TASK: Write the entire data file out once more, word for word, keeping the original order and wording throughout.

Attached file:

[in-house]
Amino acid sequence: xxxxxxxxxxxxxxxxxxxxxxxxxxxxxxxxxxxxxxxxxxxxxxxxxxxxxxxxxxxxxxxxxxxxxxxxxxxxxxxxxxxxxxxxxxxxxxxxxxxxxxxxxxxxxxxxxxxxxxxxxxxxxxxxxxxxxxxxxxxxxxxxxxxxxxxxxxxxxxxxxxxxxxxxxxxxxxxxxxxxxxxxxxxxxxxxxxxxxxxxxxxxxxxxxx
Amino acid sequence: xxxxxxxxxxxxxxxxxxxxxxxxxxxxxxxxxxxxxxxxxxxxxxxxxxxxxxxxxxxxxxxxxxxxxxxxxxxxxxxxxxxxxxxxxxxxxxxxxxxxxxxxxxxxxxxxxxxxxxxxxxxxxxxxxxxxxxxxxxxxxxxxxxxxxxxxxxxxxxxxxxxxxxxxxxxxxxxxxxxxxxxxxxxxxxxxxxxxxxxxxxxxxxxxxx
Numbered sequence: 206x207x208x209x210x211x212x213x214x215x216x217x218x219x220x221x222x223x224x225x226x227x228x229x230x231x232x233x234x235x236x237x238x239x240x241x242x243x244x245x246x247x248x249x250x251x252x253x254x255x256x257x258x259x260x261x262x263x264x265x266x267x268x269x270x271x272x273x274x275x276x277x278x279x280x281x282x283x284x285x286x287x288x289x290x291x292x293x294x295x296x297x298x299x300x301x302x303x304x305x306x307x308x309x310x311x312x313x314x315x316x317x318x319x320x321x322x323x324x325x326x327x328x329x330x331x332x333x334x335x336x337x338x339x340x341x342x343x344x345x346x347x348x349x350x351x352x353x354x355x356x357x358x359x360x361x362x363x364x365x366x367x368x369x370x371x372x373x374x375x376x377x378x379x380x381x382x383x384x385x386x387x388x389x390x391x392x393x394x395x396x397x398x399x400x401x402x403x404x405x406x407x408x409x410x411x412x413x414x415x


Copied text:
[in-house]
Amino acid sequence: xxxxxxxxxxxxxxxxxxxxxxxxxxxxxxxxxxxxxxxxxxxxxxxxxxxxxxxxxxxxxxxxxxxxxxxxxxxxxxxxxxxxxxxxxxxxxxxxxxxxxxxxxxxxxxxxxxxxxxxxxxxxxxxxxxxxxxxxxxxxxxxxxxxxxxxxxxxxxxxxxxxxxxxxxxxxxxxxxxxxxxxxxxxxxxxxxxxxxxxxxxxxxxxxxx
Amino acid sequence: xxxxxxxxxxxxxxxxxxxxxxxxxxxxxxxxxxxxxxxxxxxxxxxxxxxxxxxxxxxxxxxxxxxxxxxxxxxxxxxxxxxxxxxxxxxxxxxxxxxxxxxxxxxxxxxxxxxxxxxxxxxxxxxxxxxxxxxxxxxxxxxxxxxxxxxxxxxxxxxxxxxxxxxxxxxxxxxxxxxxxxxxxxxxxxxxxxxxxxxxxxxxxxxxxx
Numbered sequence: 206x207x208x209x210x211x212x213x214x215x216x217x218x219x220x221x222x223x224x225x226x227x228x229x230x231x232x233x234x235x236x237x238x239x240x241x242x243x244x245x246x247x248x249x250x251x252x253x254x255x256x257x258x259x260x261x262x263x264x265x266x267x268x269x270x271x272x273x274x275x276x277x278x279x280x281x282x283x284x285x286x287x288x289x290x291x292x293x294x295x296x297x298x299x300x301x302x303x304x305x306x307x308x309x310x311x312x313x314x315x316x317x318x319x320x321x322x323x324x325x326x327x328x329x330x331x332x333x334x335x336x337x338x339x340x341x342x343x344x345x346x347x348x349x350x351x352x353x354x355x356x357x358x359x360x361x362x363x364x365x366x367x368x369x370x371x372x373x374x375x376x377x378x379x380x381x382x383x384x385x386x387x388x389x390x391x392x393x394x395x396x397x398x399x400x401x402x403x404x405x406x407x408x409x410x411x412x413x414x415x